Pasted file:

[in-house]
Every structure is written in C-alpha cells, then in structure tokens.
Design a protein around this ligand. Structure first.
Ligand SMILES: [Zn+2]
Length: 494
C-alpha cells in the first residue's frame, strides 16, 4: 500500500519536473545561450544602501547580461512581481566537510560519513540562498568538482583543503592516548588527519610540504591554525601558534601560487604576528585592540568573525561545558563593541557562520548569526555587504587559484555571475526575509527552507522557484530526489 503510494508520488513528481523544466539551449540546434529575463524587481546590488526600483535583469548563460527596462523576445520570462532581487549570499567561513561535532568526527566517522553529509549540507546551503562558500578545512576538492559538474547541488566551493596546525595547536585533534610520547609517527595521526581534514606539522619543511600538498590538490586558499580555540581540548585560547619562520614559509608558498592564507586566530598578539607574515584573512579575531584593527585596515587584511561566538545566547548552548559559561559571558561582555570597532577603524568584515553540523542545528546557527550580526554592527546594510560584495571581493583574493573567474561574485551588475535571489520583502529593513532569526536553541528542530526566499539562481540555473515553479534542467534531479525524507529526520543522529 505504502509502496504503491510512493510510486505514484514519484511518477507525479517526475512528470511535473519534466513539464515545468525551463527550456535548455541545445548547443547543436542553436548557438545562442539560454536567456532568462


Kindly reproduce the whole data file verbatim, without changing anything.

[in-house]
Every structure is written in C-alpha cells, then in structure tokens.
Design a protein around this ligand. Structure first.
Ligand SMILES: [Zn+2]
Length: 494
C-alpha cells in the first residue's frame, strides 16, 4: 500500500519536473545561450544602501547580461512581481566537510560519513540562498568538482583543503592516548588527519610540504591554525601558534601560487604576528585592540568573525561545558563593541557562520548569526555587504587559484555571475526575509527552507522557484530526489 503510494508520488513528481523544466539551449540546434529575463524587481546590488526600483535583469548563460527596462523576445520570462532581487549570499567561513561535532568526527566517522553529509549540507546551503562558500578545512576538492559538474547541488566551493596546525595547536585533534610520547609517527595521526581534514606539522619543511600538498590538490586558499580555540581540548585560547619562520614559509608558498592564507586566530598578539607574515584573512579575531584593527585596515587584511561566538545566547548552548559559561559571558561582555570597532577603524568584515553540523542545528546557527550580526554592527546594510560584495571581493583574493573567474561574485551588475535571489520583502529593513532569526536553541528542530526566499539562481540555473515553479534542467534531479525524507529526520543522529 505504502509502496504503491510512493510510486505514484514519484511518477507525479517526475512528470511535473519534466513539464515545468525551463527550456535548455541545445548547443547543436542553436548557438545562442539560454536567456532568462